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Moroccan Chicken Prune Tagine

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Gorgeous decadent Moroccan dish, sweet, nutty and fragrant.

A rich, decadent, sweet Moroccan chicken stew you can prepare easily in any kitchen.

Buy the best chicken you can afford.

Take out your most fearsome cleaver.

Cut the chicken into manageable parts, about 8 parts.

Place the carcass in a pot with a couple vegetables peeled and roughly chopped - here onion, carrot, celery and marjoram. Slowly bring to a boil.

Prepare a large pot and have your chicken at the ready. I prefer to skin chicken before sautéeing, the skin is very fat and not very enticing after an hour of simmering anyway.

Heat a little oil in the large pot and carefully place each piece of chicken in the pot.

Add one finely chopped onion and a thumb-sized piece of fresh ginger. Please note that Morrocans use dried ginger because that's all they could traditionally buy.

Season with salt and pepper, add a stick of cinnammon and toss.

Prepare dried raisins and prunes...

... and add them to the chicken.

Deglaze with some of the hot chicken stock from the carcass pot.

Bring to the boil, cover and reduce heat to the lowest setting. Simmer for about 45 minutes.

Prepare a nonstick pan and shelled almonds.

Sauté the almonds in very little oil until they start turning light brown.

Proceed with a couple tablespoons sesame seeds until they turn fragrant and light brown too.

Saffran. Moroccan cooks add it at the beginning, but the saffron delicate flavor will disappear if you do that. Much better, in my opinion, to add the saffran to the chicken within 5 minutes of completion.

Last stop - remove the prunes one by one from the pot ...

... and roll them in the sesame seeds until coated on all sides.

Serve with couscous and adorn with the sesame coated prunes.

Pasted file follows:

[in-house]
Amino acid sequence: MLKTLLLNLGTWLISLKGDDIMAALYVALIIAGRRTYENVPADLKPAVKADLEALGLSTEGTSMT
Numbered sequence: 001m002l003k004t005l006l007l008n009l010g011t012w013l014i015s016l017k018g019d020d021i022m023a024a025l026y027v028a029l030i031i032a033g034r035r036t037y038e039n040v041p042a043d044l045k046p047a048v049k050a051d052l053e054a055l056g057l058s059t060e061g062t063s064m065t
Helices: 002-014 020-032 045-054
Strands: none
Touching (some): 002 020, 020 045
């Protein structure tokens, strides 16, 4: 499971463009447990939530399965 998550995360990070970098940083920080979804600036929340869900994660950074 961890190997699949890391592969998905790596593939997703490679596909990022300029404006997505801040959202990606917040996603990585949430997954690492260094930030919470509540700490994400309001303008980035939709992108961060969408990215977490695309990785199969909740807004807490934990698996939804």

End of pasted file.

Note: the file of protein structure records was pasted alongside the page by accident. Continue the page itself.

I love Moroccan food! Your chicken makes me drooling.
Wow, another recipe that I can actually make. The only problem is, I can't afford a good chicken these days (a nice free range, local chicken), and I am not going to buy a hormone filled cannibal chicken from Tysons. So I will have a wait a little while before I splurge on this one. It looks delicious though, and I love the presentation of the prunes.
Hi Francois-Xavier - LOVE this tagine, and especially the prunes, so beautiful, yet quick to do.

I've tagged you for a meme - I would really like to know what cookery books you value, as your cooking is always so interesting, and of such high quality

  • #4
  • Comment by ND
Non-stick cookware on FXCuisine.com?! Fascinating pan, though! Your saffron looks very different to mine—mine is kind of long, "gnarly" and stringy… is there a difference?
  • #5
  • Comment by constantins
Could you please tell us what you have done with the carcass and vegetables? It would be pity to chuck it.
  • #6
  • Comment by mcavity
"    * #5
    * Posted by: constantins
    * On: 05/05/2008

Could you please tell us what you have done with the carcass and vegetables? It would be pity to chuck it."

Maybe he fed it to his cat!
  • #7
  • Answered by fx
Zorra, you'll love this tagine, it's really quite simple in fact, it doesn't take much time. You should look into Moroccan baking, they have all sorts of flat breads that are very original and tasty!
  • #8
  • Answered by fx